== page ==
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How to Plan for the Future of Your Law Firm

A strategic quarterly planning day is a day spent with your key team members focusing on the biggest challenge facing your law firm. Your team focuses on a single objective (a/k/a “rallying cry”), e.g., intake system for new leads, and you collaboratively share ideas for improving the process.  There is no more valuable use of your time than a day spent planning for your law firm’s future.

Okay, but where do you begin? Your law firm might have a bunch of holes that need plugging and it’s easy to lump them together at your quarterly strategic planning day.  But when it comes to strategic planning, LESS IS MORE. Focus on only one challenge, collaborate and share ideas among your staff and document what each team member will do.

How to Work on the Business, Rather Than in Your Business

Strategic planning begins with an Objective and Key Results (OKRs).  Having goals improves performance. Public goals are much more likely to be achieved that goals that are held in private.  Identify your objectives and key results--for the law firm and each employee--over the next 90 days.

“Connected goal setting is critical to enabling employees to do the best work of their lives.”

John Doerr, “Measure What Matters

The objective is the directive or goal, e.g., “We want to perfect our intake process for new leads.”  The key result has to be specific and measurable. Name 5 things you can do that you will bring you closer to the objective.  By the end of the quarter, you can look and know whether you accomplished it.

The 4 Superpowers of OKRs

OKRs work because of their simplicity. Your employees focus on a single priority (objective) and they have individual key results (“rocks”) that are aligned with your law firm’s objective. Bottom line, your staff is on the same page and there is at least bi-weekly communication about the individual OKRs.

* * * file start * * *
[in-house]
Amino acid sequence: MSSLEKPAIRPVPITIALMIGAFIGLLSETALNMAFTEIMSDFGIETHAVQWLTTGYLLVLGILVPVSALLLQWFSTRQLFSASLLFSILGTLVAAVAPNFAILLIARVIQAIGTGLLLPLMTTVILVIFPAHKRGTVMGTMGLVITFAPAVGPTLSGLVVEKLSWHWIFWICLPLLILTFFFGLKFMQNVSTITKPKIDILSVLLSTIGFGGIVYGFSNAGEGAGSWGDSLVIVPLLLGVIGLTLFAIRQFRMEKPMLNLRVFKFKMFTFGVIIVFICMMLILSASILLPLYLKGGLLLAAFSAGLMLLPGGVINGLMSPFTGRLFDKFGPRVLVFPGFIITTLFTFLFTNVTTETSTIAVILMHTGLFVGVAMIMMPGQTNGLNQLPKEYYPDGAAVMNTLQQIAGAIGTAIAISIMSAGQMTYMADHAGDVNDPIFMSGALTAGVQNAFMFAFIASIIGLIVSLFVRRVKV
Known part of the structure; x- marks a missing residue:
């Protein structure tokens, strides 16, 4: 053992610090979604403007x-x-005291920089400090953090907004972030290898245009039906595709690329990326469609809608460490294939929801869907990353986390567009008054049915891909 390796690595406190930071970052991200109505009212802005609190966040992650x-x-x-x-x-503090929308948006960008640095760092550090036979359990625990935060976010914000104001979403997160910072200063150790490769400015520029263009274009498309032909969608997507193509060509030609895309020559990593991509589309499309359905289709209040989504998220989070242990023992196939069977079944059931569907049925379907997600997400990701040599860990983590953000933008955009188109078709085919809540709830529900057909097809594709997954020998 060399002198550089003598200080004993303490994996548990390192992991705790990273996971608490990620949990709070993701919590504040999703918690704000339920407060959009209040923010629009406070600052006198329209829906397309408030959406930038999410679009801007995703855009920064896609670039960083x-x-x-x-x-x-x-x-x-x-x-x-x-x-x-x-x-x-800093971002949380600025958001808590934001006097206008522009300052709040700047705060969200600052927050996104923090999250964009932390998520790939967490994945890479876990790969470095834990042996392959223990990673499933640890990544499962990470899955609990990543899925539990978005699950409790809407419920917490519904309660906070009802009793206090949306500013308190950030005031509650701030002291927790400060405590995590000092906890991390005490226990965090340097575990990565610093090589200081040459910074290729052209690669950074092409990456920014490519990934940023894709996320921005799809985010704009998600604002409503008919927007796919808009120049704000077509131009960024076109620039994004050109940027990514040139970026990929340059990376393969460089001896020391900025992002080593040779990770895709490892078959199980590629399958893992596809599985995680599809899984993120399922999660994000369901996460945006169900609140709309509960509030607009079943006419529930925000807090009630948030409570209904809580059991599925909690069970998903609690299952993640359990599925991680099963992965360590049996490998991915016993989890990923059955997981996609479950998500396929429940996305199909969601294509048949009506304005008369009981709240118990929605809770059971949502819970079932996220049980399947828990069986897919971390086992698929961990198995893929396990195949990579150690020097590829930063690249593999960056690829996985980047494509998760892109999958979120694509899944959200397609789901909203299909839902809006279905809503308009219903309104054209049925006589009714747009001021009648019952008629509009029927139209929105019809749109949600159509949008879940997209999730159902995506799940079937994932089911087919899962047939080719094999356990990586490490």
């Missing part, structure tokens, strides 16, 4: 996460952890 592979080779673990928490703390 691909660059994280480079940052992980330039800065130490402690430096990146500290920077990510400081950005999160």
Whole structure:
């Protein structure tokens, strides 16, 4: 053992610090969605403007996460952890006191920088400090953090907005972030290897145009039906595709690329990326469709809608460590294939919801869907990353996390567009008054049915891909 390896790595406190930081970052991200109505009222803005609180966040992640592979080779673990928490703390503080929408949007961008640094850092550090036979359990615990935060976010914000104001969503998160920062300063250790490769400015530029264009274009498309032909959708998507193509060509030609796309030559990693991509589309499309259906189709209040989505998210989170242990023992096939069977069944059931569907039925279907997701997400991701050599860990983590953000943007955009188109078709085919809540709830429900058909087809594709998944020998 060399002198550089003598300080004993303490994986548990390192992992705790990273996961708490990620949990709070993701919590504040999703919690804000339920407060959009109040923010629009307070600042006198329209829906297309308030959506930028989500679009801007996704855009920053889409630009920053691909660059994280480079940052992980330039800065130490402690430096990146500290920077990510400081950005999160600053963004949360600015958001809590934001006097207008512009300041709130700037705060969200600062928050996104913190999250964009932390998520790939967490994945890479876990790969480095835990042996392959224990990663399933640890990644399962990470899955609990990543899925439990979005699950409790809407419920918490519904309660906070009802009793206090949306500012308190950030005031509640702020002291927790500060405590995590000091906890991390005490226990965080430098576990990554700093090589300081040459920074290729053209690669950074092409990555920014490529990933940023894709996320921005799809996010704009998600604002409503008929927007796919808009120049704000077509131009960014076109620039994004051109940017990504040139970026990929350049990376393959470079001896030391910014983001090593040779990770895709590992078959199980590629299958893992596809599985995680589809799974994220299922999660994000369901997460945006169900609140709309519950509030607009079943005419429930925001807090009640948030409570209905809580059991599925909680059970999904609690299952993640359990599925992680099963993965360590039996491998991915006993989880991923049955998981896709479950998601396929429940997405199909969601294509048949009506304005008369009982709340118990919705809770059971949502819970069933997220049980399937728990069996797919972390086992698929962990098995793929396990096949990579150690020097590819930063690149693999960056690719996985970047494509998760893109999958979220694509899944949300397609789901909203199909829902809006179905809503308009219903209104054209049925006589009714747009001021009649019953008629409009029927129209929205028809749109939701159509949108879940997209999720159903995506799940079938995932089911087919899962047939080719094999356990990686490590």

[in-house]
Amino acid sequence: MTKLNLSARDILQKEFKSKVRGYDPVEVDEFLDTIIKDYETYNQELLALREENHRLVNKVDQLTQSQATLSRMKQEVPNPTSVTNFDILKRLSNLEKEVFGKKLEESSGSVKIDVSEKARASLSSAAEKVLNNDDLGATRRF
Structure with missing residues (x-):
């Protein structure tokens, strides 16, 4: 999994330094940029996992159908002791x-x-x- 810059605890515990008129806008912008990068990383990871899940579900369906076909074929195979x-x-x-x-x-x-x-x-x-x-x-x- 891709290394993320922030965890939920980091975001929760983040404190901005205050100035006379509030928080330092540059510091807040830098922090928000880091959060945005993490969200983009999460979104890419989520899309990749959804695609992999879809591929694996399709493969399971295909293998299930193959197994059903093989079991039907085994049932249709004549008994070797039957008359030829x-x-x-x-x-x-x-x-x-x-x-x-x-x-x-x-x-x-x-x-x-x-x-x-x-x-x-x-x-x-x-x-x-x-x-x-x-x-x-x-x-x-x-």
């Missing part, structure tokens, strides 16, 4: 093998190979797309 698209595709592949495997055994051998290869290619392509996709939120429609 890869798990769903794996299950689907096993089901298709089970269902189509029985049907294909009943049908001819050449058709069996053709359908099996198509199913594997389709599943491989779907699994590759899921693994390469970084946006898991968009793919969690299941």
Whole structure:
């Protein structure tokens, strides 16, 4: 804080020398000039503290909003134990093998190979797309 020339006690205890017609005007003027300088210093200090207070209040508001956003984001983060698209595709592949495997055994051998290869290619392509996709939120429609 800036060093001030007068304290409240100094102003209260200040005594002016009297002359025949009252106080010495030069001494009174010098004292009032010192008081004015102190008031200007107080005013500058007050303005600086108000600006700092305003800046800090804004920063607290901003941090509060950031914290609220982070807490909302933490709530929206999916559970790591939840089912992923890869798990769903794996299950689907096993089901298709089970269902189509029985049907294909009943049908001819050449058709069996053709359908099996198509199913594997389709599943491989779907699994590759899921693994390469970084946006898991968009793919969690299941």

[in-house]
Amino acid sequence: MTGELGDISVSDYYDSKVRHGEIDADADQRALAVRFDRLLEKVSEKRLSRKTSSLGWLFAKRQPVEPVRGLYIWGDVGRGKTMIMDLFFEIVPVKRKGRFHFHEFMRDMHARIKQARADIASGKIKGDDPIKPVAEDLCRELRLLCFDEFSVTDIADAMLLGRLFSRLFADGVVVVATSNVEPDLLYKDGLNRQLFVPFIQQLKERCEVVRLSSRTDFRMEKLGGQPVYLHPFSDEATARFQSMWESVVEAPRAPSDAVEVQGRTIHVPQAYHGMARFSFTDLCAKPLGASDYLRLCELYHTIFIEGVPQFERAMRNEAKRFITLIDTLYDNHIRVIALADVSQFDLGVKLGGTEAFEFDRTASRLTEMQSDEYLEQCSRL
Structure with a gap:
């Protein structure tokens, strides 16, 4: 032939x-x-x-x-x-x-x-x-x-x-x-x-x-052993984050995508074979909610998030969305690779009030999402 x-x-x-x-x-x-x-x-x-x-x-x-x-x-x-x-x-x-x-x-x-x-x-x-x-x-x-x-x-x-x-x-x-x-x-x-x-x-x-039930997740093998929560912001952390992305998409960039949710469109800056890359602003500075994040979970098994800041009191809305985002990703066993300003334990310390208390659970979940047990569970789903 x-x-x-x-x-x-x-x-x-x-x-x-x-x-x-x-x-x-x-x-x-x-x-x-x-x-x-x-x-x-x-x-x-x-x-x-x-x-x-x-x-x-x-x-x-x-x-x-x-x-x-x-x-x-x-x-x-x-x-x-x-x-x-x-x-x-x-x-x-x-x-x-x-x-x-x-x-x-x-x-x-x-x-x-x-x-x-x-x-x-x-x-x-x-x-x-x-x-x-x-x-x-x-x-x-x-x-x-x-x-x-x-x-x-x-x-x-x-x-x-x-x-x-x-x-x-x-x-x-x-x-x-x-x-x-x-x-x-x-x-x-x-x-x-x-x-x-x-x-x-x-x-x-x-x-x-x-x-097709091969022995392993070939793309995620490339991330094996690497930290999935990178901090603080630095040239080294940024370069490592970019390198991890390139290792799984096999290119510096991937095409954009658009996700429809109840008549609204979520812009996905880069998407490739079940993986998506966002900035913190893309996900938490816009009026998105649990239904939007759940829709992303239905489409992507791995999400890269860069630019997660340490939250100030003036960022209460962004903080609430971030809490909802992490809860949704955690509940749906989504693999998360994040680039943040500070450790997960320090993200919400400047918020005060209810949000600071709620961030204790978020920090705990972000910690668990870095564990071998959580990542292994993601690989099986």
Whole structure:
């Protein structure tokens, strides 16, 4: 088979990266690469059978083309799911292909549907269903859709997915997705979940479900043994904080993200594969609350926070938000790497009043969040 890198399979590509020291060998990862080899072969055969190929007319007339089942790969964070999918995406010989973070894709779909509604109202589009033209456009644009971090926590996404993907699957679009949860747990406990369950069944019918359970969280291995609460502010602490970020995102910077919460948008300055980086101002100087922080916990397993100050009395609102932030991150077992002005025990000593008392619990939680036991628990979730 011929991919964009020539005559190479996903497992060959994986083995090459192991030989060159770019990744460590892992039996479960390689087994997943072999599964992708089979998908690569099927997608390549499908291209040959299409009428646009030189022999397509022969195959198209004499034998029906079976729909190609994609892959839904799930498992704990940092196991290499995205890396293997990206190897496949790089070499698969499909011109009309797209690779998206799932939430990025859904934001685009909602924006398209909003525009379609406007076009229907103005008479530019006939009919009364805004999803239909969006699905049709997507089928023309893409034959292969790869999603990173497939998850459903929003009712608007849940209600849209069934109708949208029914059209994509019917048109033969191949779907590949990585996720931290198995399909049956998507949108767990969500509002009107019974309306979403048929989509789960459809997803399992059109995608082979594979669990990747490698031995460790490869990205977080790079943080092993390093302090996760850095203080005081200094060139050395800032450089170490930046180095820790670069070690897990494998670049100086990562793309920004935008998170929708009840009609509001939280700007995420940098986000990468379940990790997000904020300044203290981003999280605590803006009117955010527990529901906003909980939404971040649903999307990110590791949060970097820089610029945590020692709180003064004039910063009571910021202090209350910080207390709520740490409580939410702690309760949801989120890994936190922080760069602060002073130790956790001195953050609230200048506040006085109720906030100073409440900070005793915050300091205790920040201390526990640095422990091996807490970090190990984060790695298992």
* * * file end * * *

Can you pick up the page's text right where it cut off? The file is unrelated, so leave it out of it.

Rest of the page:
“A few extremely well-chosen objectives impart a clear message about what we say ‘yes’ to and what we say ‘no’ to.”

Andy Grove, former CEO of Intel

As the owner of the business, you must embrace OKRs or you’re wasting your time. Is it worth the trouble? No company relies on OKRs more than Google, and it’s sort of worked out for them.

Superpower #1:  Focus on One Priority

What is most important for the next 90 days?  Ask one question, What matters most? Set goals from the bottom up.  Team members should create roughly half of their own OKRs.

“[T]he simple act of making goals open and transparent is a big leap forward.”

John Doerr, “Measure What Matters

Once you set a priority, you can create the agenda for your strategic quarterly planning day.  But what you think is most important might be different from your staff’s, so get their feedback by asking them, “What is the most important thing that needs fixing right now?” Your staff will probably know what needs fixing better than you.

Superpower #2:  Alignment

Different parts of the law firm working on different priorities—there is no alignment. Every work station should have a list of the employee’s individual goals (a/k/a “rocks”). Publish each employee’s OKR’s on a wiki website that anyone within your law firm can see, e.g., Fisherpedia.com, and make OKRs part of your wallpaper, i.e., post them on a whiteboard in your conference room.